Email marketing report: Email volume was up 18% in 2017 – Marketing Land

Email Marketing

According to Yes Lifecycle Marketing, email volume was up 18 percent year over year in 2017, but the number of people signing up for email subscriptions steadily declined throughout the year.

After analyzing more than 30 billion emails sent last year, 9 billion alone in Q4, the email marketing platform has released a benchmark report looking at a number of data points around email marketing volume, engagement and design.

New subscriber email trends

Among the many findings, brands are sending more and more emails, but new subscribers’ share of their lists continued to shrink last year.

“Throughout 2017, the share of new subscribers in marketers’ databases consistently declined, falling to its lowest point in Q4 when new subscribers accounted for just 3.5 percent of marketers’ mailable audience,” reports Yes Lifecycle Marketing.

Share of recent subscribers opting in within 90-days

Yes Lifecycle Marketing says, historically, the share of new subscriber numbers included in marketers’ databases usually lifts between Q3 and Q4, but last year “marked a U-turn” in this trend.

In addition to the share of new subscribers growing smaller throughout the duration of 2017, 20 percent of brands’ mailable audiences (anybody that has opted-in to receive emails) hadn’t opened an email in more than a year — representing a 22.5 percent year-over-year jump in inactive subscribers.

Open rates per subscriber did show some growth — with unique opens up 8.4 percent year over year.

“The number of opens and clicks is growing, but at a considerably slower pace,” says Yes Lifecycle Marketing, noting that the data shows email engagement is not keeping up with email volume.

Mobile email marketing results

Yes Lifecycle Marketing’s data revealed mobile email conversion rates have caught up to desktop conversions, with both at an average of 3.3 percent for the year. It also claims email adoption on mobile may have hit its peak: “With mobile open[s] and clicks making up 53 percent of all email events over the last two years, email adoption on mobile has plateaued.”

According to the report, mobile email marketing events (open rates and clicks) surpassed desktop events at least five years ago. In 2017, 52.9 percent of events happened on mobile email versus 47.1 percent on desktop.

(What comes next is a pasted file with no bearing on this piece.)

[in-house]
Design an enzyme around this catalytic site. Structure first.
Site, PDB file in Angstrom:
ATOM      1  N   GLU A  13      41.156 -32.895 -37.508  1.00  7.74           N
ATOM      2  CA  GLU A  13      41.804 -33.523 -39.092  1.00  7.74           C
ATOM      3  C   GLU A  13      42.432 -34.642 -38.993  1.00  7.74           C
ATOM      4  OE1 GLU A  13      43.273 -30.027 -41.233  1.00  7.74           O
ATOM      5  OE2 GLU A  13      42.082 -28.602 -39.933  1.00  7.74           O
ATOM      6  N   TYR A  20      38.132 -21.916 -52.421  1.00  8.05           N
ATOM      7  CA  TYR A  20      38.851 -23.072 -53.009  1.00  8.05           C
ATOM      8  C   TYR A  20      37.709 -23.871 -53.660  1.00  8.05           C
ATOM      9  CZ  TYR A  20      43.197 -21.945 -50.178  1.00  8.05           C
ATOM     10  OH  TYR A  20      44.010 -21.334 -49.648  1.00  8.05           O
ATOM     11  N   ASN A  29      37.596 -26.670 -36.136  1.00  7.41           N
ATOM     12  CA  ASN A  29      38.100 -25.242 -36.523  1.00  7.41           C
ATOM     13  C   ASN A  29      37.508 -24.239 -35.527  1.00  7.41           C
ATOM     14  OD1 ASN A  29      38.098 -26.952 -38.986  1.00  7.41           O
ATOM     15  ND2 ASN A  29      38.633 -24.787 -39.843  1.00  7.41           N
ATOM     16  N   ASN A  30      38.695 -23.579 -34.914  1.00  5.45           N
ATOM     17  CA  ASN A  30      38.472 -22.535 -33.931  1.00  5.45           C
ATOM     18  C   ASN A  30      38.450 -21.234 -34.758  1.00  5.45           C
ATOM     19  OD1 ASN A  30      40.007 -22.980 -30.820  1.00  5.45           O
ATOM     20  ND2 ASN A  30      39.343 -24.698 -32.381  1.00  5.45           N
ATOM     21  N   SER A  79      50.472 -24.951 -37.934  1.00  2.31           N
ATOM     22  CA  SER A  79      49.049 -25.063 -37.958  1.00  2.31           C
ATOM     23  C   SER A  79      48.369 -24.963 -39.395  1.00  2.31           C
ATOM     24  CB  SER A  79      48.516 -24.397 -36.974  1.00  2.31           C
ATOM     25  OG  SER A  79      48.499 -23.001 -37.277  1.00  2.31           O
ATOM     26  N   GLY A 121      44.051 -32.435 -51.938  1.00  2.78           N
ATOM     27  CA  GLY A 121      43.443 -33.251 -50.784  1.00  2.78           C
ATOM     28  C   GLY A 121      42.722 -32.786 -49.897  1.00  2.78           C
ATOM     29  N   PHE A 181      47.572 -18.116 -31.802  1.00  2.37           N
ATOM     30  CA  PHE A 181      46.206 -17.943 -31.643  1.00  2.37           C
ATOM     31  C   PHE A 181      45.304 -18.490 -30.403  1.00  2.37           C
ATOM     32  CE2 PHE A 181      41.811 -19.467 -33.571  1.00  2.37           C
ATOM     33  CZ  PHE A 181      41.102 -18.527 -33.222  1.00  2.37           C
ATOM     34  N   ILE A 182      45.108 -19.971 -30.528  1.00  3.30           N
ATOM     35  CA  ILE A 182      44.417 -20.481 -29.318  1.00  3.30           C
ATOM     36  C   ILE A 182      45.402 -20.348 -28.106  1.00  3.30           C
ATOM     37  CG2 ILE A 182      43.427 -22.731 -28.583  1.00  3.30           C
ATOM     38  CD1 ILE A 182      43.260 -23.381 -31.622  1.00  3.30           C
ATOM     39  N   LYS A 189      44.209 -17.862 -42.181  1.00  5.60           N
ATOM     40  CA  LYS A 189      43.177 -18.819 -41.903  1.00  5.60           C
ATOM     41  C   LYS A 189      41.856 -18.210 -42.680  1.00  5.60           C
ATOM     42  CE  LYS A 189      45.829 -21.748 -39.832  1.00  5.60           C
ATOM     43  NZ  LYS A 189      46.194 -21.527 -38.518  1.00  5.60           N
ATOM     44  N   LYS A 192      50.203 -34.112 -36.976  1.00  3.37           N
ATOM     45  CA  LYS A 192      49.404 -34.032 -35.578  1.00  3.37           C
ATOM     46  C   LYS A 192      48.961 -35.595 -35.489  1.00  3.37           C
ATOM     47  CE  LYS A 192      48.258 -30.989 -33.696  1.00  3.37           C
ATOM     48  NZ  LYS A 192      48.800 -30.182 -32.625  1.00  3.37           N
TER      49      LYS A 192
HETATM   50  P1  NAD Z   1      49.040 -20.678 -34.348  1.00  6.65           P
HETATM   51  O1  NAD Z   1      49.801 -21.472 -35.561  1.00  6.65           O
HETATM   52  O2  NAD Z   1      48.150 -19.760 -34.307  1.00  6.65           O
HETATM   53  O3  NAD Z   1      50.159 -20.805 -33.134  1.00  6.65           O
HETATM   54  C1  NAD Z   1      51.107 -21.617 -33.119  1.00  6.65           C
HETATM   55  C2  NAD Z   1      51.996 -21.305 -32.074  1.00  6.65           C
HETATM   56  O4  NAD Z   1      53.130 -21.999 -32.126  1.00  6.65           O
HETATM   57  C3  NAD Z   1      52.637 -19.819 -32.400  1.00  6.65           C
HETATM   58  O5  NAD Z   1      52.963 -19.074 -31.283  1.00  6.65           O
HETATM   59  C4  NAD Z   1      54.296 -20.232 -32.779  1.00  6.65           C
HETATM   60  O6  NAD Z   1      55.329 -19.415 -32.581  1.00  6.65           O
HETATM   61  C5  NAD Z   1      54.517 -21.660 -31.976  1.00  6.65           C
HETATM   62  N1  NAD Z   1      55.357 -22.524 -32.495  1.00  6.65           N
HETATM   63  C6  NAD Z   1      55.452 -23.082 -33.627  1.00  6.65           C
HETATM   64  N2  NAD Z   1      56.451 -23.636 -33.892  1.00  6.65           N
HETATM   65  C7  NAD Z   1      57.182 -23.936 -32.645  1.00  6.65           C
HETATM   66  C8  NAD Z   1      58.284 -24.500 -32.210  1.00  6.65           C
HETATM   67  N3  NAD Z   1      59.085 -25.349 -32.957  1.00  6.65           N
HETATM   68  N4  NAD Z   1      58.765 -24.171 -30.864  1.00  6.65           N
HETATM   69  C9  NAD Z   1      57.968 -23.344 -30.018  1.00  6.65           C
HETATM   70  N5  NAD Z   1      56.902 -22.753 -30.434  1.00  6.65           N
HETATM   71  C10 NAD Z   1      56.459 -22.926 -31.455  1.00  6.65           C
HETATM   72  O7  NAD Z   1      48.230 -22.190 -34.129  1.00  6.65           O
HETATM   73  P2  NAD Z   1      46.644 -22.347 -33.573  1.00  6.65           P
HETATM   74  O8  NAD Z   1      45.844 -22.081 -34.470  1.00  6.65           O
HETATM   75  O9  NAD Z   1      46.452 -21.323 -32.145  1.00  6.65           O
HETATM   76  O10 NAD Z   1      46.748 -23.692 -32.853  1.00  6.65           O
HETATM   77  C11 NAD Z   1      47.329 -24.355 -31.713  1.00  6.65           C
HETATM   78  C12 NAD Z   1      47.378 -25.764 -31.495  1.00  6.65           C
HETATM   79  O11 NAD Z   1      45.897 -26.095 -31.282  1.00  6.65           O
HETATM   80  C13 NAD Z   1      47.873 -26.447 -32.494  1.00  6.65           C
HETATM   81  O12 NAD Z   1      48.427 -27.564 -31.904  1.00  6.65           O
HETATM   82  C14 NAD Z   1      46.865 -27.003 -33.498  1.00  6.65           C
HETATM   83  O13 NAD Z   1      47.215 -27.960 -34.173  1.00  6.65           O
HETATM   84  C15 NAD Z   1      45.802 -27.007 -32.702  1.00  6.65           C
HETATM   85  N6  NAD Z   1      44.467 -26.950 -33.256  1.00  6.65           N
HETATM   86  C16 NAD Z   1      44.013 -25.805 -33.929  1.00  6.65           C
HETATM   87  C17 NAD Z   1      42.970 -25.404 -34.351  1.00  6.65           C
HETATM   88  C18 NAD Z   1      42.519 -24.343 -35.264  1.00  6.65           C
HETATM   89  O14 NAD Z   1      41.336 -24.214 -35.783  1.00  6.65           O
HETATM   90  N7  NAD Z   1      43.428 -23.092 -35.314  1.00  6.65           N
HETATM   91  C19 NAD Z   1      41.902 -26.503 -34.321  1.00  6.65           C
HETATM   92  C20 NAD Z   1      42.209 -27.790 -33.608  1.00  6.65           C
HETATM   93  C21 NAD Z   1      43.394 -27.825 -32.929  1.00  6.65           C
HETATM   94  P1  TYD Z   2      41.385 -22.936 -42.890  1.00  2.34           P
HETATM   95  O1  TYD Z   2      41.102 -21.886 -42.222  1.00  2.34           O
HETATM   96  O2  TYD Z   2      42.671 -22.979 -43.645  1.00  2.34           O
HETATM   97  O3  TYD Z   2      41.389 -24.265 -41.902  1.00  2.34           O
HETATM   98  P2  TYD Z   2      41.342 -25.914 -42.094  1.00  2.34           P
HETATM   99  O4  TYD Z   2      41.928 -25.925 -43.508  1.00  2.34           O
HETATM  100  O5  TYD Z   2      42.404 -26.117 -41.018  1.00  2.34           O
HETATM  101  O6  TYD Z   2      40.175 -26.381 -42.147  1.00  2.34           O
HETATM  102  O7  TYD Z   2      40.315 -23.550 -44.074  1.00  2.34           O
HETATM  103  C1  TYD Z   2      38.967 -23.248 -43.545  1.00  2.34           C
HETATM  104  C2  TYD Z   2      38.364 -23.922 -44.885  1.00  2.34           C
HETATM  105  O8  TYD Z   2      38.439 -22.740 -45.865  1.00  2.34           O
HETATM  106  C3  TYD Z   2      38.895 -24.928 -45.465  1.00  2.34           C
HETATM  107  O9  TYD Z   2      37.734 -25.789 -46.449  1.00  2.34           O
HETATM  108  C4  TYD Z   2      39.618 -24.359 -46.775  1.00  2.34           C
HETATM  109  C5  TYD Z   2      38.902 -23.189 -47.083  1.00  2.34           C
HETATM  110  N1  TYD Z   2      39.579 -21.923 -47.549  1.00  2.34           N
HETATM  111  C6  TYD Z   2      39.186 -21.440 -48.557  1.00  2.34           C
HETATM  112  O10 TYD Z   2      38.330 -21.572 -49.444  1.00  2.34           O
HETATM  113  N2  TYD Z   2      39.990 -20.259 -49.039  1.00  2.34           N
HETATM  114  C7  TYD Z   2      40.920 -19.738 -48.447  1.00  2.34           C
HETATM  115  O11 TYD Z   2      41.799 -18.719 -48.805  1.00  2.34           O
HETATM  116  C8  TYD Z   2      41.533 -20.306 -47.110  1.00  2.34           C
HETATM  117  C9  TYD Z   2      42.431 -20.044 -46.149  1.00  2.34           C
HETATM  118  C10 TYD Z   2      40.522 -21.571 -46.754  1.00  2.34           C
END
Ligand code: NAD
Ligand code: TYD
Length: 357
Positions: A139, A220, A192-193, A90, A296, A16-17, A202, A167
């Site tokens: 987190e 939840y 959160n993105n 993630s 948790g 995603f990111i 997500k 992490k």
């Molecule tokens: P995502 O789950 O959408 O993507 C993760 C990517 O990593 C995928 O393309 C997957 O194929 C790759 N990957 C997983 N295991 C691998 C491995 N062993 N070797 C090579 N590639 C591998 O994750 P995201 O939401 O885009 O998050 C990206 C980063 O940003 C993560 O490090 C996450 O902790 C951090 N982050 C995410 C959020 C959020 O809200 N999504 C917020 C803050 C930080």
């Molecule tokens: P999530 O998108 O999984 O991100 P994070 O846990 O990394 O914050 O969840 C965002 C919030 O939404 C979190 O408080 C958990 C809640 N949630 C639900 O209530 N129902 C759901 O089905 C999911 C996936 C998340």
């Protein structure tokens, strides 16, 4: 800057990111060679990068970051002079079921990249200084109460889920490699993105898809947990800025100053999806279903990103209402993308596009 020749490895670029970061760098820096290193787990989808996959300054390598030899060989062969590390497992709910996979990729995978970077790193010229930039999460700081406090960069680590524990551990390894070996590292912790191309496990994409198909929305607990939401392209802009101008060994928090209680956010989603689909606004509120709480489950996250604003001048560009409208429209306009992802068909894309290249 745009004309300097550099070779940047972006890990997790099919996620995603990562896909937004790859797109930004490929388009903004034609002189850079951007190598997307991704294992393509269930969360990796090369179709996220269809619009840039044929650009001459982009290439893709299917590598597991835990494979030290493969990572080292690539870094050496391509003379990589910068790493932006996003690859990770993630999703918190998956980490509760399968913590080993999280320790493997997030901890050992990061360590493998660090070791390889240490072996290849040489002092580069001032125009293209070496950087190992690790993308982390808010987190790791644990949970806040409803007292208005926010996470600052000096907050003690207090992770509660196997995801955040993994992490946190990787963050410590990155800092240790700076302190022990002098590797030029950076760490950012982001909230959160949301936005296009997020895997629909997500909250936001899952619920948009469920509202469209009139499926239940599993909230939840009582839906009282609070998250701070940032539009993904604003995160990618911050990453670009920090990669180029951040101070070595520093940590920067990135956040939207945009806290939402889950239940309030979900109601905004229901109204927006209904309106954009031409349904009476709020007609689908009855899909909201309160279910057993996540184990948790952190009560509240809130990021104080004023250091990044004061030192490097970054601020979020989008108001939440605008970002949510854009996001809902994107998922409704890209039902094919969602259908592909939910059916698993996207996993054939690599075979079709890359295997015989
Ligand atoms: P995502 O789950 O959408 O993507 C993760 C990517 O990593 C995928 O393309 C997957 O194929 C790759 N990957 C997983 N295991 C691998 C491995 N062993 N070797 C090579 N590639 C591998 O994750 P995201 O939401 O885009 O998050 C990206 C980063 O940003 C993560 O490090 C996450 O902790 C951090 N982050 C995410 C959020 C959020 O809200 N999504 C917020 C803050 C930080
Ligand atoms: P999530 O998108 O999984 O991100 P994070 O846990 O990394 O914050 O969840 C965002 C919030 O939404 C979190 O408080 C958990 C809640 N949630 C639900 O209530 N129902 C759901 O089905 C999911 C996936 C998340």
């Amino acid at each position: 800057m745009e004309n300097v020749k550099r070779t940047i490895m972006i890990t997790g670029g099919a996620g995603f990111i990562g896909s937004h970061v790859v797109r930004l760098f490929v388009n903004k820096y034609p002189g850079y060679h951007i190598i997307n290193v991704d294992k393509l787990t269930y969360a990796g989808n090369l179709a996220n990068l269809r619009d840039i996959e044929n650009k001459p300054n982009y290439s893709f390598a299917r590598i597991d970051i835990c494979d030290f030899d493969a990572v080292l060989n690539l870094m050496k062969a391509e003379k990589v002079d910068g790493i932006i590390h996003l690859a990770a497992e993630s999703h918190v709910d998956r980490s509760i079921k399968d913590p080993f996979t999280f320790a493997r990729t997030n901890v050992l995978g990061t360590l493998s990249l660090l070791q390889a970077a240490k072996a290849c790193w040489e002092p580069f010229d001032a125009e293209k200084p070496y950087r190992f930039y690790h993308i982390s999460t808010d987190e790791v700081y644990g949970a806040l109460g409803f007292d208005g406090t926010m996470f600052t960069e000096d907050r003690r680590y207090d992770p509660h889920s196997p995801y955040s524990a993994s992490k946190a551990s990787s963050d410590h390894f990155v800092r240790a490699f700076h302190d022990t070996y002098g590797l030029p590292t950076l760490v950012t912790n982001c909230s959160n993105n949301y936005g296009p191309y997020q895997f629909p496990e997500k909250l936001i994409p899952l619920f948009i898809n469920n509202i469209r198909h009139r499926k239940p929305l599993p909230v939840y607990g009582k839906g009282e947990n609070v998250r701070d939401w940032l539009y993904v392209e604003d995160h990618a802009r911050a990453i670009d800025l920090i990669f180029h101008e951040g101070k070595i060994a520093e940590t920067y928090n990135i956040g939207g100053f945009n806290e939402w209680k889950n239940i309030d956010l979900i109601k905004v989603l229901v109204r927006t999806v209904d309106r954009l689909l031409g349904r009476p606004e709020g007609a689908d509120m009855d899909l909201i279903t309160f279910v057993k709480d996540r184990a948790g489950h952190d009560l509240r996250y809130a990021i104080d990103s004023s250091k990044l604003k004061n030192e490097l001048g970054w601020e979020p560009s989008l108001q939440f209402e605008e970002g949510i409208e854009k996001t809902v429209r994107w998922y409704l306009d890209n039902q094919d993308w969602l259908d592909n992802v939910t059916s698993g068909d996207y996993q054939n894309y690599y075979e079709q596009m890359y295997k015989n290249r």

Orders on mobile represented 46 percent of all email-driven orders — a 33 percent increase year over year. Meanwhile, email orders happening on desktops dropped 18 percent (14 percent drop on tablets).

Share of email-driven orders

As email-driven orders rise on mobile, the report says the average order value (AOV) for mobile orders remains 40 percent less than for desktop orders, with AOV on mobile at $58 compared to desktop’s $96 AOV. According to Yes Lifecycle Marketing, this mobile-to-desktop AOV ratio has not changed during the past three years.

Responsive design impact on email marketing

The report examined how responsive design — the design format that automatically adapts an email to the screen size — impacts email marketing performance. It found brands that always send responsive design email messaging perform better on both desktop and mobile. For the brands that only used responsive design, their CTO (click-to-open) rate for desktop emails was 13.1 percent and 13.2 percent for mobile. Brands that failed to use responsive design saw only a 9.7 percent CTO rate for both desktop emails and mobile emails.

“Marketers who are yet to optimize their messages only capture 75 percent of the engagement generated by their responsive counterparts, thus missing out on significant opportunity for conversion,” claims Yes Lifecycle Marketing.

Even more interesting, the brands that were inconsistent with their use of responsive design, using it only some of the time, performed the worst when looking at combined numbers for desktop and mobile open rates.

According to the data, brands that always use responsive design earned a 15 percent open rate (for desktop and mobile combined), and brands that never used responsive design earned a 14.9 percent open rate; but brands that were inconsistent with their use earned a 13.5 percent open rate.